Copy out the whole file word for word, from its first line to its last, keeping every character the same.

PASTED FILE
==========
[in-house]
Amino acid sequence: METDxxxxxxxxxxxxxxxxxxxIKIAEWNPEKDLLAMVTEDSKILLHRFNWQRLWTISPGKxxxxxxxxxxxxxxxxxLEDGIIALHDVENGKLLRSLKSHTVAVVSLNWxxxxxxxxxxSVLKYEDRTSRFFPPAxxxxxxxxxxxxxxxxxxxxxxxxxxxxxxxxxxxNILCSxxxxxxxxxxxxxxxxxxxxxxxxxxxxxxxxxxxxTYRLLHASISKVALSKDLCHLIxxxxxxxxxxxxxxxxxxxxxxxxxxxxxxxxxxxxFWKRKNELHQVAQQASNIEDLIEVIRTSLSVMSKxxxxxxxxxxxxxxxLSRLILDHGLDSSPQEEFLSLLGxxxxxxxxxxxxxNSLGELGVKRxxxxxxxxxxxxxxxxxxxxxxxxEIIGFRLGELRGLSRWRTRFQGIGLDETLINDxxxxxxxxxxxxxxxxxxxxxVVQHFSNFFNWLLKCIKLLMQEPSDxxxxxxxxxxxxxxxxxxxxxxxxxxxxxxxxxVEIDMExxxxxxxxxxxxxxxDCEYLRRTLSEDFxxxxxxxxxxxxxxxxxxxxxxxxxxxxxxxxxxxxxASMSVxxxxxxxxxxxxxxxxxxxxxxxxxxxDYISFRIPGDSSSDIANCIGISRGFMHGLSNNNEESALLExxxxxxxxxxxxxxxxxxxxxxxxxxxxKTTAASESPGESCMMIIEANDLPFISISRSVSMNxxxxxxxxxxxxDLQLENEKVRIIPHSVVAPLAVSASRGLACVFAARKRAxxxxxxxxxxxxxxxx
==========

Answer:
[in-house]
Amino acid sequence: METDxxxxxxxxxxxxxxxxxxxIKIAEWNPEKDLLAMVTEDSKILLHRFNWQRLWTISPGKxxxxxxxxxxxxxxxxxLEDGIIALHDVENGKLLRSLKSHTVAVVSLNWxxxxxxxxxxSVLKYEDRTSRFFPPAxxxxxxxxxxxxxxxxxxxxxxxxxxxxxxxxxxxNILCSxxxxxxxxxxxxxxxxxxxxxxxxxxxxxxxxxxxxTYRLLHASISKVALSKDLCHLIxxxxxxxxxxxxxxxxxxxxxxxxxxxxxxxxxxxxFWKRKNELHQVAQQASNIEDLIEVIRTSLSVMSKxxxxxxxxxxxxxxxLSRLILDHGLDSSPQEEFLSLLGxxxxxxxxxxxxxNSLGELGVKRxxxxxxxxxxxxxxxxxxxxxxxxEIIGFRLGELRGLSRWRTRFQGIGLDETLINDxxxxxxxxxxxxxxxxxxxxxVVQHFSNFFNWLLKCIKLLMQEPSDxxxxxxxxxxxxxxxxxxxxxxxxxxxxxxxxxVEIDMExxxxxxxxxxxxxxxDCEYLRRTLSEDFxxxxxxxxxxxxxxxxxxxxxxxxxxxxxxxxxxxxxASMSVxxxxxxxxxxxxxxxxxxxxxxxxxxxDYISFRIPGDSSSDIANCIGISRGFMHGLSNNNEESALLExxxxxxxxxxxxxxxxxxxxxxxxxxxxKTTAASESPGESCMMIIEANDLPFISISRSVSMNxxxxxxxxxxxxDLQLENEKVRIIPHSVVAPLAVSASRGLACVFAARKRAxxxxxxxxxxxxxxxx